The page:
Figure 22.4. Exogenous genes that integrate into chromosomes can be stably transmitted to all daughter cells, unlike episomal (extrachromosomal) genes.

Figure 22.4Exogenous genes that integrate into chromosomes can be stably transmitted to all daughter cells, unlike episomal (extrachromosomal) genes

The figure illustrates two possible fates of genes that have been transferred into nucleated cells. If the cells are actively dividing, any genes which integrate stably into chromosomal DNA can be replicated under the control of the parent chromosome (during the S phase of the cell cycle). Following each cell division, an integrated gene will be stably inherited by both daughter cells. As a result, all cells that descend from a single cell in which stable integration took place, will contain the integrated gene. Gene therapy involving chromosomal integration of exogenous genes offers the possibility of continued stable expression of the inserted gene and a permanent cure, but carries certain risks, notably the possibility that one of the integration events may result in cancer (see text). By contrast, episomal genes which do not integrate but replicate extrachromosomally (under the control of a vector origin of replication) may not segregate to all daughter cells during subsequent mitoses. As a result, this type of approach has been particularly applied in gene therapies where the target tissue consists of nondividing cells (see text).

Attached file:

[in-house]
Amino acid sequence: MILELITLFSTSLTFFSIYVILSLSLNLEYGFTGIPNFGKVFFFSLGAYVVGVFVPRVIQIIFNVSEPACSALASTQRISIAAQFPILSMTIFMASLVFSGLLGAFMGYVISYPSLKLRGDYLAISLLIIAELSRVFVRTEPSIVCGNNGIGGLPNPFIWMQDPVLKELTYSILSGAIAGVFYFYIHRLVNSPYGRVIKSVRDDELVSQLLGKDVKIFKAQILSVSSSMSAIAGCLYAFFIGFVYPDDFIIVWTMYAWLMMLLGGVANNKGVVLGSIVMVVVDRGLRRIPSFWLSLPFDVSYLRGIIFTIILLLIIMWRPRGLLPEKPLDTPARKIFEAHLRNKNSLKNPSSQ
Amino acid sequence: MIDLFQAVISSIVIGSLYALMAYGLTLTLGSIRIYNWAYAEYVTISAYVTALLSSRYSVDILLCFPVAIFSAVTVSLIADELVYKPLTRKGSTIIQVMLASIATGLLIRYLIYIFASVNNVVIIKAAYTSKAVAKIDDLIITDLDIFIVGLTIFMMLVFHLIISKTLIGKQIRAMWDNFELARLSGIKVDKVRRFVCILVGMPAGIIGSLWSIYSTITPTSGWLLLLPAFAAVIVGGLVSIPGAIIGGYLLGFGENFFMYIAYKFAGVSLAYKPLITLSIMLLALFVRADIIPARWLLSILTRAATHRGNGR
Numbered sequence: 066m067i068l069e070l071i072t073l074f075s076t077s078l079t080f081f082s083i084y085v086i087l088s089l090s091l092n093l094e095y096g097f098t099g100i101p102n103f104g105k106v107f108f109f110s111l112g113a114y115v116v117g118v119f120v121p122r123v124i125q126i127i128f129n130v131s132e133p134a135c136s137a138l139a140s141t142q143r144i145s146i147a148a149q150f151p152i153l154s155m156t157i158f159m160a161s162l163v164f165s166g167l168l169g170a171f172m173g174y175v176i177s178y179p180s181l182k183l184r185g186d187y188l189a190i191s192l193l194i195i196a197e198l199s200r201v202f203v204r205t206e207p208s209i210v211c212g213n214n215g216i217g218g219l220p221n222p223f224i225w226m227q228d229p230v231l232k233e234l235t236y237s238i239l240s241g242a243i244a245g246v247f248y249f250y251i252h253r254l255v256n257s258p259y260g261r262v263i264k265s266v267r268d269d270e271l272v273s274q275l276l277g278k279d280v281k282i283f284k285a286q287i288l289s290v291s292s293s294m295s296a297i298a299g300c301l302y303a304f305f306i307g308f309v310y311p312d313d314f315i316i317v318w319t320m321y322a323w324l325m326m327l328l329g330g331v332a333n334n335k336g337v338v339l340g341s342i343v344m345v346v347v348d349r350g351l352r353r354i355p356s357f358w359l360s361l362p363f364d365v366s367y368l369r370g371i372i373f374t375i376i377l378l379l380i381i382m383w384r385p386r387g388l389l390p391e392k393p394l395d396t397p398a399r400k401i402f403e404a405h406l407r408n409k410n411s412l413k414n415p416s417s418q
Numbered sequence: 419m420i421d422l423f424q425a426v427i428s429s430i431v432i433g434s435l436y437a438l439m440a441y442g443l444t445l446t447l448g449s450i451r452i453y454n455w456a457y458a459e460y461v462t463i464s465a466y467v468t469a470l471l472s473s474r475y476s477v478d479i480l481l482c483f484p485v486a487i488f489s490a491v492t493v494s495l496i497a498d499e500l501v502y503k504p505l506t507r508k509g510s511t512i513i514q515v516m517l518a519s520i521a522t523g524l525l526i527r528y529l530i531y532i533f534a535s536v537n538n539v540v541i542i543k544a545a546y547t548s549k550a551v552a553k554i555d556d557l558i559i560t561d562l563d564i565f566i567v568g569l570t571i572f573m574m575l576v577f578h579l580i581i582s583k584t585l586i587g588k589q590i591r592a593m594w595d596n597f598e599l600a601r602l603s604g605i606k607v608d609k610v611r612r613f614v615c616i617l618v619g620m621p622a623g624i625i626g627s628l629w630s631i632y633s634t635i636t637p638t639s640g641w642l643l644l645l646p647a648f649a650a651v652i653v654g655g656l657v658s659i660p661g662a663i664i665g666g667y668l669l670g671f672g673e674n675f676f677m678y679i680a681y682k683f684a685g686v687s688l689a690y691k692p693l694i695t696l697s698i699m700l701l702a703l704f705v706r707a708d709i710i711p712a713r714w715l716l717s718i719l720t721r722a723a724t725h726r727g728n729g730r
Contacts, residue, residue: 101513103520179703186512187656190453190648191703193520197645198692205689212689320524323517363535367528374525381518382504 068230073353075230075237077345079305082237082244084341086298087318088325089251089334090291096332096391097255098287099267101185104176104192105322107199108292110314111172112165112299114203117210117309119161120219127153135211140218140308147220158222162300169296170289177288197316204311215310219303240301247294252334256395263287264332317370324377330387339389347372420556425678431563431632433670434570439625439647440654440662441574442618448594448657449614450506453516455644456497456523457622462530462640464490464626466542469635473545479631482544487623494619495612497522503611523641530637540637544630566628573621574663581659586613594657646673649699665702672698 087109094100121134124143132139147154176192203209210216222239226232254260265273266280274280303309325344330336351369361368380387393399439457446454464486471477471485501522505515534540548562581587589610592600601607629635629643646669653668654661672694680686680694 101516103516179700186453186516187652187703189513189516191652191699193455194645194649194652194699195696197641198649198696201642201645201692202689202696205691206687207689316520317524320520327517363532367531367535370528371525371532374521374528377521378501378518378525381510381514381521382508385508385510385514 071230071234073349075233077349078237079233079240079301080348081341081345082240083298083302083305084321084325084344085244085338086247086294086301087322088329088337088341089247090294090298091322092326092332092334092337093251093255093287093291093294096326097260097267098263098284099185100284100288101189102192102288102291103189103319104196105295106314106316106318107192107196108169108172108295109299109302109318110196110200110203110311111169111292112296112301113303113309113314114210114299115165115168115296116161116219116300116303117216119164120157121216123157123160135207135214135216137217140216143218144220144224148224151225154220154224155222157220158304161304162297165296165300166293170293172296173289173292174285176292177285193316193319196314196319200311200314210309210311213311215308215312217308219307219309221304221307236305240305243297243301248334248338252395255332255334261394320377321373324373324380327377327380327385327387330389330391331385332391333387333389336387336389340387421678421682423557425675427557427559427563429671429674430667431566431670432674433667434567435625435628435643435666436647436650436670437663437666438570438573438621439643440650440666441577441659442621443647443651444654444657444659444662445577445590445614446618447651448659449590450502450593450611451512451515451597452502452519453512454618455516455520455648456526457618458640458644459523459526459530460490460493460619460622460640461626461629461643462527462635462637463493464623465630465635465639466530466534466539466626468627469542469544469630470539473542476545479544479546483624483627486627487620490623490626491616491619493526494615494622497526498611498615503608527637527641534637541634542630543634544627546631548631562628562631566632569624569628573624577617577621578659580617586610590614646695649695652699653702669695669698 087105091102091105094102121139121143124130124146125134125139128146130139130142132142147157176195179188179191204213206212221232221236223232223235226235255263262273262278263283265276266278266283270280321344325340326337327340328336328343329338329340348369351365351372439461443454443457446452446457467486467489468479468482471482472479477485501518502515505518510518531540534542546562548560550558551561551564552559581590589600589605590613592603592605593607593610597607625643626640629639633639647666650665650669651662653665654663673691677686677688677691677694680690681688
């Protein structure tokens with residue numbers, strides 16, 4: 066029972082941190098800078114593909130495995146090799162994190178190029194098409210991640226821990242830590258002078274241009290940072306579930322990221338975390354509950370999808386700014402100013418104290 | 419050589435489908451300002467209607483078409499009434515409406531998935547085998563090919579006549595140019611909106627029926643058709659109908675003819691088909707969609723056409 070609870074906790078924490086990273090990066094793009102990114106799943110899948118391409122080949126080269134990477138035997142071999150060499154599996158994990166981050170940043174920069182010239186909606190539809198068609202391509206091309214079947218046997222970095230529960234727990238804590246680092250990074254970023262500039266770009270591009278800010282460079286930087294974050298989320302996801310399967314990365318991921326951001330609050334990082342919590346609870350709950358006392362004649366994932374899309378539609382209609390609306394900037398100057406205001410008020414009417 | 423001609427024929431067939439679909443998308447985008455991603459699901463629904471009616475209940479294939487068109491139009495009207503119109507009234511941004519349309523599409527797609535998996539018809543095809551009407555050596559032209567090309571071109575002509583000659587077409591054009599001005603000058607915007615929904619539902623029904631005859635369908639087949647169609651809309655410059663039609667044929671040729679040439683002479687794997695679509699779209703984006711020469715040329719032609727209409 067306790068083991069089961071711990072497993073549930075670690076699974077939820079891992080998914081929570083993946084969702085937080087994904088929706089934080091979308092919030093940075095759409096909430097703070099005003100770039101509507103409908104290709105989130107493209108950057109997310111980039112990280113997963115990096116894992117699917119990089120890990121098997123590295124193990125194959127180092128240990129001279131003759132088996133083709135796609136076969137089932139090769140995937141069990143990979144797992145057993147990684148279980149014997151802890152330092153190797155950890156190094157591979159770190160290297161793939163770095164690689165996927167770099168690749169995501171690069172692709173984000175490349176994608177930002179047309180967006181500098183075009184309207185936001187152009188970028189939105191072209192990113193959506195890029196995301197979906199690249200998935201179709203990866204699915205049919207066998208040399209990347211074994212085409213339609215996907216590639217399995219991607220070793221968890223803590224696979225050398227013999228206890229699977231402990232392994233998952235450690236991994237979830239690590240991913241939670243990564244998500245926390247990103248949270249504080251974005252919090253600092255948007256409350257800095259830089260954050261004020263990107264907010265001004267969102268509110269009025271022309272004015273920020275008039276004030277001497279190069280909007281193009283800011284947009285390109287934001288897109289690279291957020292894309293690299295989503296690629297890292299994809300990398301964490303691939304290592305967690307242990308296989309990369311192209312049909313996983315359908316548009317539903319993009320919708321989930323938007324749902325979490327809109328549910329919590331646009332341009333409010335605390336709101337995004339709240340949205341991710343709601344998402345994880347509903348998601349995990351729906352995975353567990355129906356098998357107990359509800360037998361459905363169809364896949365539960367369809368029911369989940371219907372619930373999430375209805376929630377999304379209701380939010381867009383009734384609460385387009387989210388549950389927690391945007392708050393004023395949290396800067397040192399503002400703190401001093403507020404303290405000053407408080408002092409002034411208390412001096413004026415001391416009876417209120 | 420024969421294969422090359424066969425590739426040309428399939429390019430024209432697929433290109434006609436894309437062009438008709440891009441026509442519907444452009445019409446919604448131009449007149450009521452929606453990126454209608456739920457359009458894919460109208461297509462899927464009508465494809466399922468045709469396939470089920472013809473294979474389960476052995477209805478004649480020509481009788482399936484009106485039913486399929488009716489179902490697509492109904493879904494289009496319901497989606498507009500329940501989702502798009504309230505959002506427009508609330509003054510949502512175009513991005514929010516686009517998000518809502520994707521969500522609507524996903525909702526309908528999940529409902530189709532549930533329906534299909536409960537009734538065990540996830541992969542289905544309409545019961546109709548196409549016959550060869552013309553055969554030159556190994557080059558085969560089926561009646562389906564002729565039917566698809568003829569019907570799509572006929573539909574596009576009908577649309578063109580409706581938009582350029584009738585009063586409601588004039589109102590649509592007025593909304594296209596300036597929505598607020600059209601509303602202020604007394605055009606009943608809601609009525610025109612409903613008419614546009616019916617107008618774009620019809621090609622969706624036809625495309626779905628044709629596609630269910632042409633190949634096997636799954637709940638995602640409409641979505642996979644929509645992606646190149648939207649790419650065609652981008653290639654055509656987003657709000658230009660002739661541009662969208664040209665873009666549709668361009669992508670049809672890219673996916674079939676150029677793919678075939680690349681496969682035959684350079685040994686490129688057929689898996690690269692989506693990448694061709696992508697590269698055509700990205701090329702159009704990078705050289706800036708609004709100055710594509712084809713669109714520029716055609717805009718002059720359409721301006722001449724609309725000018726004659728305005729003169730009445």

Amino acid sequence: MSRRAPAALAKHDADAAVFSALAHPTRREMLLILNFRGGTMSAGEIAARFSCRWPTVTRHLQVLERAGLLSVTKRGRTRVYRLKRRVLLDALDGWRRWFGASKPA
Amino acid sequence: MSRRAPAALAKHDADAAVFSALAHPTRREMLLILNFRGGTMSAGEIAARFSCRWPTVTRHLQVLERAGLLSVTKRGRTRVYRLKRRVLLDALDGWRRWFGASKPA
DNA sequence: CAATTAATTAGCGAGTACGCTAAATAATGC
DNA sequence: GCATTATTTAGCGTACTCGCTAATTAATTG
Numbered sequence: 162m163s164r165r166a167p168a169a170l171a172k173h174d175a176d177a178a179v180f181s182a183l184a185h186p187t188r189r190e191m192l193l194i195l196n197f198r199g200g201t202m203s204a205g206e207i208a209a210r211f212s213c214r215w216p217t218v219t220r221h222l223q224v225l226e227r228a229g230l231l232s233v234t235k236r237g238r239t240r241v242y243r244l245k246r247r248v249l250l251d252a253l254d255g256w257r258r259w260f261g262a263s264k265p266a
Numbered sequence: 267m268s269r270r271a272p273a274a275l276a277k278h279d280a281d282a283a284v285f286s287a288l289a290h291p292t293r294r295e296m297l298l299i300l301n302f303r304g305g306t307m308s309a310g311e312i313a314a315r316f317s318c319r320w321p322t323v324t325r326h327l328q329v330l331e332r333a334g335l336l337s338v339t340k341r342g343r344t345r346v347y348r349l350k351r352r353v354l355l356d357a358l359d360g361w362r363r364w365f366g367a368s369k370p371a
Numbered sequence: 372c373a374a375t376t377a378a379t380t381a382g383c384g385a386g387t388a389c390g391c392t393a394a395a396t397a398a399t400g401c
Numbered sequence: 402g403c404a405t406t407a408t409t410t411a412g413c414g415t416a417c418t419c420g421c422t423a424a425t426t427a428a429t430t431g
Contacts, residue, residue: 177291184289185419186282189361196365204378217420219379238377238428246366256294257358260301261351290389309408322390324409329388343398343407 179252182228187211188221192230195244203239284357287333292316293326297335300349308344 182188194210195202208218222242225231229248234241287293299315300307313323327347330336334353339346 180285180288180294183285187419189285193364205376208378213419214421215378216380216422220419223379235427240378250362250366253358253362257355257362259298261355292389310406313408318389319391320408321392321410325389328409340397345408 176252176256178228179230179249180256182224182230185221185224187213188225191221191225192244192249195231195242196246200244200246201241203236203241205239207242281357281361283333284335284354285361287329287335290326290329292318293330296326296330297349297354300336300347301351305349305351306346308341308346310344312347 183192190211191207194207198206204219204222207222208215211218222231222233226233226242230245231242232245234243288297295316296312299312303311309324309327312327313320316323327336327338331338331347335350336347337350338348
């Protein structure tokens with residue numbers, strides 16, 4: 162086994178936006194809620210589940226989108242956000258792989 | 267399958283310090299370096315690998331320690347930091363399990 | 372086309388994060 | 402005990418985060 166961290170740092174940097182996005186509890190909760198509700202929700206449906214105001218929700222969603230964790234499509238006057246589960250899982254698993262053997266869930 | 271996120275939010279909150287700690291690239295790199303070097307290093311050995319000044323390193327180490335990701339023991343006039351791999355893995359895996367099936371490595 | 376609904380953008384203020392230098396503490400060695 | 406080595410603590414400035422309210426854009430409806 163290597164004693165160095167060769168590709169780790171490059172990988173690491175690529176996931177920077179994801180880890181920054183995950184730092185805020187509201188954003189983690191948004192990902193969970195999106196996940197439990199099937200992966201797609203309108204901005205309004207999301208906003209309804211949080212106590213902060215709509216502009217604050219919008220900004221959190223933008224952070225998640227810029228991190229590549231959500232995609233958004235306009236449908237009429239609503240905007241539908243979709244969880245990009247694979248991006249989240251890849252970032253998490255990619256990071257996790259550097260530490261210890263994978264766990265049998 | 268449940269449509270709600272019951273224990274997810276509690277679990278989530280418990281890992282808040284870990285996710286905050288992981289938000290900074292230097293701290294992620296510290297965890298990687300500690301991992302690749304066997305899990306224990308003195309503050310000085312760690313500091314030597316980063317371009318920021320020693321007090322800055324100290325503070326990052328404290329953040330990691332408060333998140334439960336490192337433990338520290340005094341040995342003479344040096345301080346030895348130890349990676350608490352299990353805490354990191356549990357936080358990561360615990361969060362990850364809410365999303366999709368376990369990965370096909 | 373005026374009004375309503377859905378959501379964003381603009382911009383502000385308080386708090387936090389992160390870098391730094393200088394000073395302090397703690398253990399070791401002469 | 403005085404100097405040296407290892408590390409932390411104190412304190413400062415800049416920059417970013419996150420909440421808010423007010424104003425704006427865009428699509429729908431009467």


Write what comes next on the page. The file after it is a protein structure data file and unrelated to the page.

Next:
From: Chapter 22, Gene therapy and other molecular genetic-based therapeutic approaches

Cover of Human Molecular Genetics
Human Molecular Genetics. 2nd edition.
Strachan T, Read AP.
New York: Wiley-Liss; 1999.
Copyright © 1999, Garland Science.

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